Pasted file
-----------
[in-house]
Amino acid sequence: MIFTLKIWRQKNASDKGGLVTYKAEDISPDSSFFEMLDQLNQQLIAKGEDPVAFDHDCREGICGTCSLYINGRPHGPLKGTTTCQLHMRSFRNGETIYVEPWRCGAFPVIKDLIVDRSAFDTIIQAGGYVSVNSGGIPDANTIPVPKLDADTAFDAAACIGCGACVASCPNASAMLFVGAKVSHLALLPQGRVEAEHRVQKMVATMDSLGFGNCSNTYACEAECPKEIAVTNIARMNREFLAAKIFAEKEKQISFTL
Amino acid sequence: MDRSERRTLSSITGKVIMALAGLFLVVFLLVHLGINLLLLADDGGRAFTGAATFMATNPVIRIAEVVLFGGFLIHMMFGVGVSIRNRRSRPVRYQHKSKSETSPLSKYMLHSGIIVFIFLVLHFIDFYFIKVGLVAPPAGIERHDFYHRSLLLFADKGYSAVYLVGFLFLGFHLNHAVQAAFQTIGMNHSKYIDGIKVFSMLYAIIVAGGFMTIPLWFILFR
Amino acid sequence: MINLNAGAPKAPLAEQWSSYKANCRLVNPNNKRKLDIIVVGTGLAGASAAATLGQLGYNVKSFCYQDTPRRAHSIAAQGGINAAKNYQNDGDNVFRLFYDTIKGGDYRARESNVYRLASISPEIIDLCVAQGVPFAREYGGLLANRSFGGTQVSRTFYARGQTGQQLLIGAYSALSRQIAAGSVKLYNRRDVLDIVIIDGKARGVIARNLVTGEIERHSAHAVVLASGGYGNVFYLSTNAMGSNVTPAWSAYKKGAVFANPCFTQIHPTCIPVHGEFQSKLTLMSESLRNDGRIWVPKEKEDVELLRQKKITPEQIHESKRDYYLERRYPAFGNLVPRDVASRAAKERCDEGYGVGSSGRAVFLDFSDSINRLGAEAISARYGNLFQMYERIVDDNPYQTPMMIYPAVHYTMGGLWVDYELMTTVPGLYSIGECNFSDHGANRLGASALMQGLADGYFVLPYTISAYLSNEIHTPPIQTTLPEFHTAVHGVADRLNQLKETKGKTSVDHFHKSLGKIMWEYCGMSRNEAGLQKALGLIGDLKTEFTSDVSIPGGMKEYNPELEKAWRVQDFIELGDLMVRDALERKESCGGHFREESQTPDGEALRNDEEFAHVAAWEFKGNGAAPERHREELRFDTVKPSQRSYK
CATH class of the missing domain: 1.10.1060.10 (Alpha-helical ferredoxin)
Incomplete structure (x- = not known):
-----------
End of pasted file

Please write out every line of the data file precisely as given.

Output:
[in-house]
Amino acid sequence: MIFTLKIWRQKNASDKGGLVTYKAEDISPDSSFFEMLDQLNQQLIAKGEDPVAFDHDCREGICGTCSLYINGRPHGPLKGTTTCQLHMRSFRNGETIYVEPWRCGAFPVIKDLIVDRSAFDTIIQAGGYVSVNSGGIPDANTIPVPKLDADTAFDAAACIGCGACVASCPNASAMLFVGAKVSHLALLPQGRVEAEHRVQKMVATMDSLGFGNCSNTYACEAECPKEIAVTNIARMNREFLAAKIFAEKEKQISFTL
Amino acid sequence: MDRSERRTLSSITGKVIMALAGLFLVVFLLVHLGINLLLLADDGGRAFTGAATFMATNPVIRIAEVVLFGGFLIHMMFGVGVSIRNRRSRPVRYQHKSKSETSPLSKYMLHSGIIVFIFLVLHFIDFYFIKVGLVAPPAGIERHDFYHRSLLLFADKGYSAVYLVGFLFLGFHLNHAVQAAFQTIGMNHSKYIDGIKVFSMLYAIIVAGGFMTIPLWFILFR
Amino acid sequence: MINLNAGAPKAPLAEQWSSYKANCRLVNPNNKRKLDIIVVGTGLAGASAAATLGQLGYNVKSFCYQDTPRRAHSIAAQGGINAAKNYQNDGDNVFRLFYDTIKGGDYRARESNVYRLASISPEIIDLCVAQGVPFAREYGGLLANRSFGGTQVSRTFYARGQTGQQLLIGAYSALSRQIAAGSVKLYNRRDVLDIVIIDGKARGVIARNLVTGEIERHSAHAVVLASGGYGNVFYLSTNAMGSNVTPAWSAYKKGAVFANPCFTQIHPTCIPVHGEFQSKLTLMSESLRNDGRIWVPKEKEDVELLRQKKITPEQIHESKRDYYLERRYPAFGNLVPRDVASRAAKERCDEGYGVGSSGRAVFLDFSDSINRLGAEAISARYGNLFQMYERIVDDNPYQTPMMIYPAVHYTMGGLWVDYELMTTVPGLYSIGECNFSDHGANRLGASALMQGLADGYFVLPYTISAYLSNEIHTPPIQTTLPEFHTAVHGVADRLNQLKETKGKTSVDHFHKSLGKIMWEYCGMSRNEAGLQKALGLIGDLKTEFTSDVSIPGGMKEYNPELEKAWRVQDFIELGDLMVRDALERKESCGGHFREESQTPDGEALRNDEEFAHVAAWEFKGNGAAPERHREELRFDTVKPSQRSYK
CATH class of the missing domain: 1.10.1060.10 (Alpha-helical ferredoxin)
Incomplete structure (x- = not known):